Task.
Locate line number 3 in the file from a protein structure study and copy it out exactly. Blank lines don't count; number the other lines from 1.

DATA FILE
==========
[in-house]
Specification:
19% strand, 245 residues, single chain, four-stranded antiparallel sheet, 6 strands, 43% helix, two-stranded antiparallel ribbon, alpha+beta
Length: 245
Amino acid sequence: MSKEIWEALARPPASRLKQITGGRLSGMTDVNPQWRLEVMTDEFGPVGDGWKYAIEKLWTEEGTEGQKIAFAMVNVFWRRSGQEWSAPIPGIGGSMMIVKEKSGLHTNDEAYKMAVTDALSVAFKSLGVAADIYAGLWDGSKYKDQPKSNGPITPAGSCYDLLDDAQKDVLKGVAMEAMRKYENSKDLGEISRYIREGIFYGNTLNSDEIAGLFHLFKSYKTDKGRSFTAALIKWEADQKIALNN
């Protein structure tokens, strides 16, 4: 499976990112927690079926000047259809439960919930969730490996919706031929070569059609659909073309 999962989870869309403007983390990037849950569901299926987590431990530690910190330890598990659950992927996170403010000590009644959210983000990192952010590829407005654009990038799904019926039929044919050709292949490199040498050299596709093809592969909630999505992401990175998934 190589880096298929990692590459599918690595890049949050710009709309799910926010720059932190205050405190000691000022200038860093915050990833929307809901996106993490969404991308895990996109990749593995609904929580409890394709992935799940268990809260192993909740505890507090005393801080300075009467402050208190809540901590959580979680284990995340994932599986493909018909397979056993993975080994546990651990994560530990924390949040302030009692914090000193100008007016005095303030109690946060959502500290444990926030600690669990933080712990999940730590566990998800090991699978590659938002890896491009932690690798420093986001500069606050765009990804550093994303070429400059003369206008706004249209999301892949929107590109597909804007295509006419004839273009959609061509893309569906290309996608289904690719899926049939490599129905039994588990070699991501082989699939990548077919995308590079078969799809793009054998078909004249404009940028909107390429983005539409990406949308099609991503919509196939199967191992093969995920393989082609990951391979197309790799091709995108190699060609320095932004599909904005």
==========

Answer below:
19% strand, 245 residues, single chain, four-stranded antiparallel sheet, 6 strands, 43% helix, two-stranded antiparallel ribbon, alpha+beta